Description of original award (Fiscal Year 2020, $147,766)
Forensic DNA analysis relies heavily on comparative approaches for human identification, in which unknown evidence samples are compared with known reference materials or database STR profiles from previously identified offenders. For those unknown forensic samples that do not produce a database hit and do not have a reference standard for comparison, forensic DNA phenotyping (FDP) produces an alternative solution to infer externally visible characteristics (EVCs) from unidentified genetic material. The determination of chronological age from human tissue samples is one such FDP technique that has emerged in recent years. This technique relies on the chemical conservation and determination of epigenetic marks, referred to as methylation, that are bound to cytosine residues at specified sites of DNA known to be associated with human aging. Bisulfite conversion (BSC) is currently the gold standard method for methylation sample preparation. This chemical process converts those cytosine bases without methylation to uracil, enabling downstream detection. However, current BSC methods are prone to a high degree of DNA fragmentation and require a centralized laboratory, trained personnel, and several manual tube transfer, pipetting, and centrifugation steps. For this reason, BSC methods in their current form may not be regarded as ideal for forensic applications, in which low levels of input DNA are the norm; time, laboratory space, and resources are limited; and open-tube, manual processes are at a high risk for sample contamination. In response to a solicitation by the National Institute of Justice, this research proposal posits an alternative, rotationally driven microfluidic platform for BSC that would enable rapid, efficient conversion of smaller, forensically relevant DNA input masses in an automated, closed system. The proposed reaction disc will minimize both variability and contamination risk through automation and integration in a closed device. Further, the small size of reaction chambers will enable the use of reduced reagent and DNA input volumes, thus shortening required incubation times known to produce DNA fragmentation and loss with traditional BSC techniques. The Methyl-PrepDisc system will be run on instruments already optimized within the Landers Laboratory and will integrate both sample lysis and magnetic bead-based DNA purification and BSC in one disposable and operational disc capable of completing methylation sample preparation for five samples in tandem.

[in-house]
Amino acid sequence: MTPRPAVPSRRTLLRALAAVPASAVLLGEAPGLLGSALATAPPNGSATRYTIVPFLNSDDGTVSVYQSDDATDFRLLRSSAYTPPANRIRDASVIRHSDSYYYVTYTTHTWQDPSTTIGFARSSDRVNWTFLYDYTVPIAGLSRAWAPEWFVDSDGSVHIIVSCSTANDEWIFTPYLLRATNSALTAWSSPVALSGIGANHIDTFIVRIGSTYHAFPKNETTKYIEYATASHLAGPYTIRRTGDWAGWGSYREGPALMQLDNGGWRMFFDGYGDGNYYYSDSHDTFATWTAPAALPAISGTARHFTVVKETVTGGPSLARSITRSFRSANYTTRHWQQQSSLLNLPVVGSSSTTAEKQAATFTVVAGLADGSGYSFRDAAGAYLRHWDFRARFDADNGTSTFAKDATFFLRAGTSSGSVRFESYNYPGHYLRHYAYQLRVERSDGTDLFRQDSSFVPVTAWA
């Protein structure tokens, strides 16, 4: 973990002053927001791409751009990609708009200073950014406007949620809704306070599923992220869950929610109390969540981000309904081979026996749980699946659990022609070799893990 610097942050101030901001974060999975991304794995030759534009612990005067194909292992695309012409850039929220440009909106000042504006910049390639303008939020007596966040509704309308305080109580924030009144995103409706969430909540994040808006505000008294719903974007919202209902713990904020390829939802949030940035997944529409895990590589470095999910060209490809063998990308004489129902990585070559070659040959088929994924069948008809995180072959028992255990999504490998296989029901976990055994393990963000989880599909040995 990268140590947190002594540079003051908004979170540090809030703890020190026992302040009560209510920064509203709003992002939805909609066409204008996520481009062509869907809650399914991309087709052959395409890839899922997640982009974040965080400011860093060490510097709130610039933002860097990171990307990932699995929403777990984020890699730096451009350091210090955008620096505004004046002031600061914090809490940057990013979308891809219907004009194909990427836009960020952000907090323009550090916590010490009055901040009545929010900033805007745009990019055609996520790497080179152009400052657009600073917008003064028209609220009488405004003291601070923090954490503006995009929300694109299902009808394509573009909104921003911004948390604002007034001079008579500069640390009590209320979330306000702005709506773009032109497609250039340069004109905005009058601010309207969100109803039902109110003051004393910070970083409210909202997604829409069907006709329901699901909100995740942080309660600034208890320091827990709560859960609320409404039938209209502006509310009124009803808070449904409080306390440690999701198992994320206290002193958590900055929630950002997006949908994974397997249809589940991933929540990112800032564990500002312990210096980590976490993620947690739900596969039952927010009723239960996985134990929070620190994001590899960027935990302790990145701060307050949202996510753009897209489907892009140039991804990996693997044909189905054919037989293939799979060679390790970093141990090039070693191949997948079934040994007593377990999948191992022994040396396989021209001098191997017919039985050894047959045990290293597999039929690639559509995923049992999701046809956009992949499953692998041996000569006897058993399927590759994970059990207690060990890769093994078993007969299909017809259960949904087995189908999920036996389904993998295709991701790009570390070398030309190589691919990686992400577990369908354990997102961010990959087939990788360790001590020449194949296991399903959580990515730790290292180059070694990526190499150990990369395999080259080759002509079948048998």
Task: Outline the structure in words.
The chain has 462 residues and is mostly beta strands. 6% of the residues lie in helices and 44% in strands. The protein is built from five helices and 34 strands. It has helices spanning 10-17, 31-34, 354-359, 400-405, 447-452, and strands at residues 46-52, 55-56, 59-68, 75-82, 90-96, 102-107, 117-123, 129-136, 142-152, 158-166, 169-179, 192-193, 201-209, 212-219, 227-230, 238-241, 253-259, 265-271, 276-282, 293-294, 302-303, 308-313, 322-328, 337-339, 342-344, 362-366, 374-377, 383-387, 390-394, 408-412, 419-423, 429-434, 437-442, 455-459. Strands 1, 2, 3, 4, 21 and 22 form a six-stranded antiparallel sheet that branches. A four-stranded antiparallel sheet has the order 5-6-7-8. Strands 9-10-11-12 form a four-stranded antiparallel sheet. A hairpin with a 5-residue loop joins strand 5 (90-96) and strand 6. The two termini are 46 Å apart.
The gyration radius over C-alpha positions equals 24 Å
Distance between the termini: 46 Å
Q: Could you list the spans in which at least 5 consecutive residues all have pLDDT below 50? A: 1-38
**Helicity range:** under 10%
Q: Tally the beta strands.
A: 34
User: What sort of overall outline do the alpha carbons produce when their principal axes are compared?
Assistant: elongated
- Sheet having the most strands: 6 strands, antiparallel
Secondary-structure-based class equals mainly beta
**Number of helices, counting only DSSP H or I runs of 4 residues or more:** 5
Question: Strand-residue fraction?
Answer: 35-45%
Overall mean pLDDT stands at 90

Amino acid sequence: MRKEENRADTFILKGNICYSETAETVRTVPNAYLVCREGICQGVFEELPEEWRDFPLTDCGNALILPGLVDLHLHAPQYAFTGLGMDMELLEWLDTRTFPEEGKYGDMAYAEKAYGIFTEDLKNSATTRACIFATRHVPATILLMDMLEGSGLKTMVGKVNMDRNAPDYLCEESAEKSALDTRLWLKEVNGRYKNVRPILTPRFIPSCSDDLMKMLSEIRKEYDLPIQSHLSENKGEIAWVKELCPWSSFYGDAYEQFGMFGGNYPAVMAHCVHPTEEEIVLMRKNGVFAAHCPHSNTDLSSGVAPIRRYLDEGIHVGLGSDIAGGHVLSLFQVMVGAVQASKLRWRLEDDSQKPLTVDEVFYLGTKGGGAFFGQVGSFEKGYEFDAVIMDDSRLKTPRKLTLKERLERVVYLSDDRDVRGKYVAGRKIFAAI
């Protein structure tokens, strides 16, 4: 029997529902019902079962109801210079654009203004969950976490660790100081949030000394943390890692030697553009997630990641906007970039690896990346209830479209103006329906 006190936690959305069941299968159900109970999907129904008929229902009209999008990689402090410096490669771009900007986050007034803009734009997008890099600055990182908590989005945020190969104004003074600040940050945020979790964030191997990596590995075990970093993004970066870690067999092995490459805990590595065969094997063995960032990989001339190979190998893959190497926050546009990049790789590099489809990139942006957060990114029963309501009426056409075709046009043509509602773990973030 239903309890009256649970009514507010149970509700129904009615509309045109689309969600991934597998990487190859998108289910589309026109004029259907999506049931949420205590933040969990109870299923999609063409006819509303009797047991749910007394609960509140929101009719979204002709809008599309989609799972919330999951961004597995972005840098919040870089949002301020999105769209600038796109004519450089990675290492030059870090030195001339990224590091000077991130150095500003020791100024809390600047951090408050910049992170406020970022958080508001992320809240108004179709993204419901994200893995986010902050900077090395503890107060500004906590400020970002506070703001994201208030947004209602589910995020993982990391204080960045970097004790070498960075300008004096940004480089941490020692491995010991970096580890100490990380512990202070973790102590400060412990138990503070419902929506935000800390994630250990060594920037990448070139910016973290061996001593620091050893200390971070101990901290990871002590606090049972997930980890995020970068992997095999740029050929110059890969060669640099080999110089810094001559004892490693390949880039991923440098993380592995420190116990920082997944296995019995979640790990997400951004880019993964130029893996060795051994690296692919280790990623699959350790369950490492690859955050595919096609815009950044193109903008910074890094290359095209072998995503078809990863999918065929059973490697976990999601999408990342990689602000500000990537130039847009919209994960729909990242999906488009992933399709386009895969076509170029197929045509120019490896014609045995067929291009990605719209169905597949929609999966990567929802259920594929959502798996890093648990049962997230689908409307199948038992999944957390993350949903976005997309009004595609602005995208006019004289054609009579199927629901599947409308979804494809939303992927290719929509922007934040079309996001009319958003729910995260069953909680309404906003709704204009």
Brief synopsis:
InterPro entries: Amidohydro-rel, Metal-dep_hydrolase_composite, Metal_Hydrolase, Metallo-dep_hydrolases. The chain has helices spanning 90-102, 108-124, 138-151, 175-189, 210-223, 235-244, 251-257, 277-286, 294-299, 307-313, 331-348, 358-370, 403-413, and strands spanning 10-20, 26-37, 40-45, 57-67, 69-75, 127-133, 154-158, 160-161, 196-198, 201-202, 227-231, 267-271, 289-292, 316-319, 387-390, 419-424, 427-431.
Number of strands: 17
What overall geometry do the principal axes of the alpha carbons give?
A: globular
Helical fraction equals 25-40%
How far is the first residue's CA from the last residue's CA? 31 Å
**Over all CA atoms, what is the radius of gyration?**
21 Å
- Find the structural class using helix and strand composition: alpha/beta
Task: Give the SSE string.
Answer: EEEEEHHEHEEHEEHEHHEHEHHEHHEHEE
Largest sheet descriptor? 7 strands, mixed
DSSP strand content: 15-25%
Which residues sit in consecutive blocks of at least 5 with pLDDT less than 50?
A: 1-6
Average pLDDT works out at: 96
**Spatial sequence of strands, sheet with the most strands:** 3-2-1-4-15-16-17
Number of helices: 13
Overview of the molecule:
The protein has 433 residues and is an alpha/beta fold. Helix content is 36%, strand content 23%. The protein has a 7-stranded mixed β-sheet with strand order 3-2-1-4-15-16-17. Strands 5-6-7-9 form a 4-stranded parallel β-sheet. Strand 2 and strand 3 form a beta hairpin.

Note: This project contains a research and/or development component, as defined in applicable law, and complies with Part 200 Uniform Requirements - 2 CFR 200.210(a)(14). CA/NCF